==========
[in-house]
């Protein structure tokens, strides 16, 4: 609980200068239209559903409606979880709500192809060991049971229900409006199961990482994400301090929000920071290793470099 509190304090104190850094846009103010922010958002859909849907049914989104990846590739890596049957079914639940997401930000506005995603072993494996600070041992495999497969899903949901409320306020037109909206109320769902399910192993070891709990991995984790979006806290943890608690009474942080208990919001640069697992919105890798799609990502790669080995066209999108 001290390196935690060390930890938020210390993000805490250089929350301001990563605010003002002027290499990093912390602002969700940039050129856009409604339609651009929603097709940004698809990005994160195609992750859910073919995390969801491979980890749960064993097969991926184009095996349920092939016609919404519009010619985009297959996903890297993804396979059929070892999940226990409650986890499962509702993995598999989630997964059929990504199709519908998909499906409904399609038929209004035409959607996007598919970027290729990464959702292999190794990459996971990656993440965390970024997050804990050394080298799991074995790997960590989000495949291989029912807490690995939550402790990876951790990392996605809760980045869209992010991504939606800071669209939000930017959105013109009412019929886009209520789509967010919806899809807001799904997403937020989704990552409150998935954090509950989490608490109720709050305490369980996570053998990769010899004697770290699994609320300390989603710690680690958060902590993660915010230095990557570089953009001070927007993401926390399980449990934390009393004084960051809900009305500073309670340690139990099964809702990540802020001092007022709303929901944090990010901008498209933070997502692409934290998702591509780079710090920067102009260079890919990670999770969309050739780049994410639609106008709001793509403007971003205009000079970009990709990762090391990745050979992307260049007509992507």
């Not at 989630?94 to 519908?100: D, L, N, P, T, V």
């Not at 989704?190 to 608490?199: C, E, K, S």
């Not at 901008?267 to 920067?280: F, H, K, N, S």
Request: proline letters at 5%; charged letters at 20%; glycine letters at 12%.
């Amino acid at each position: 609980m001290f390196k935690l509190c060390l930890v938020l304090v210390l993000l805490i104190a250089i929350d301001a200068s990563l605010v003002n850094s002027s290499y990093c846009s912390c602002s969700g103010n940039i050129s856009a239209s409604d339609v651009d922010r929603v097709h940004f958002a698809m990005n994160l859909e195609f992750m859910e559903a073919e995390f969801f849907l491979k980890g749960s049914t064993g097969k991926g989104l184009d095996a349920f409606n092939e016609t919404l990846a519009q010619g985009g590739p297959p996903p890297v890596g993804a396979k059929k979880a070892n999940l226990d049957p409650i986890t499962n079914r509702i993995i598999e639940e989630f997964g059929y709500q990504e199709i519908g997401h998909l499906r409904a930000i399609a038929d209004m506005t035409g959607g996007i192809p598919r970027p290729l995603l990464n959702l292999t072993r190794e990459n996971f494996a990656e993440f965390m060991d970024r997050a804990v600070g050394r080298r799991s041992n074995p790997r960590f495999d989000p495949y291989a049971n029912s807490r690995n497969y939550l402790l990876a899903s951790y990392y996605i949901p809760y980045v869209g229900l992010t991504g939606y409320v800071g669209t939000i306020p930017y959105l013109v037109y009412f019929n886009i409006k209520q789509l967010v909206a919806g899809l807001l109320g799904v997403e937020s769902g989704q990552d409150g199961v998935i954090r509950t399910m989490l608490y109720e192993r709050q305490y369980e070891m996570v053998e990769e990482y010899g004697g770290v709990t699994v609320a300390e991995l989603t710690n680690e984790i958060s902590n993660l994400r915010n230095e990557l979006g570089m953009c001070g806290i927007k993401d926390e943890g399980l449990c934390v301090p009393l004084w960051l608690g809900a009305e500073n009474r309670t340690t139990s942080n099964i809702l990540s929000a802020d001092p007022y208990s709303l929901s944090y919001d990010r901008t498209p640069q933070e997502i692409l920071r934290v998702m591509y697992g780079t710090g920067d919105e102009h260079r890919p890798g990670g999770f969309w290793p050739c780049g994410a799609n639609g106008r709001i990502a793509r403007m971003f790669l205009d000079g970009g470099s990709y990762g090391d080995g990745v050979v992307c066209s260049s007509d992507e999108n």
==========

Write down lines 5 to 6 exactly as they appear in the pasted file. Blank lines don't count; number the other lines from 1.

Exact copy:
């Not at 901008?267 to 920067?280: F, H, K, N, S």
Request: proline letters at 5%; charged letters at 20%; glycine letters at 12%.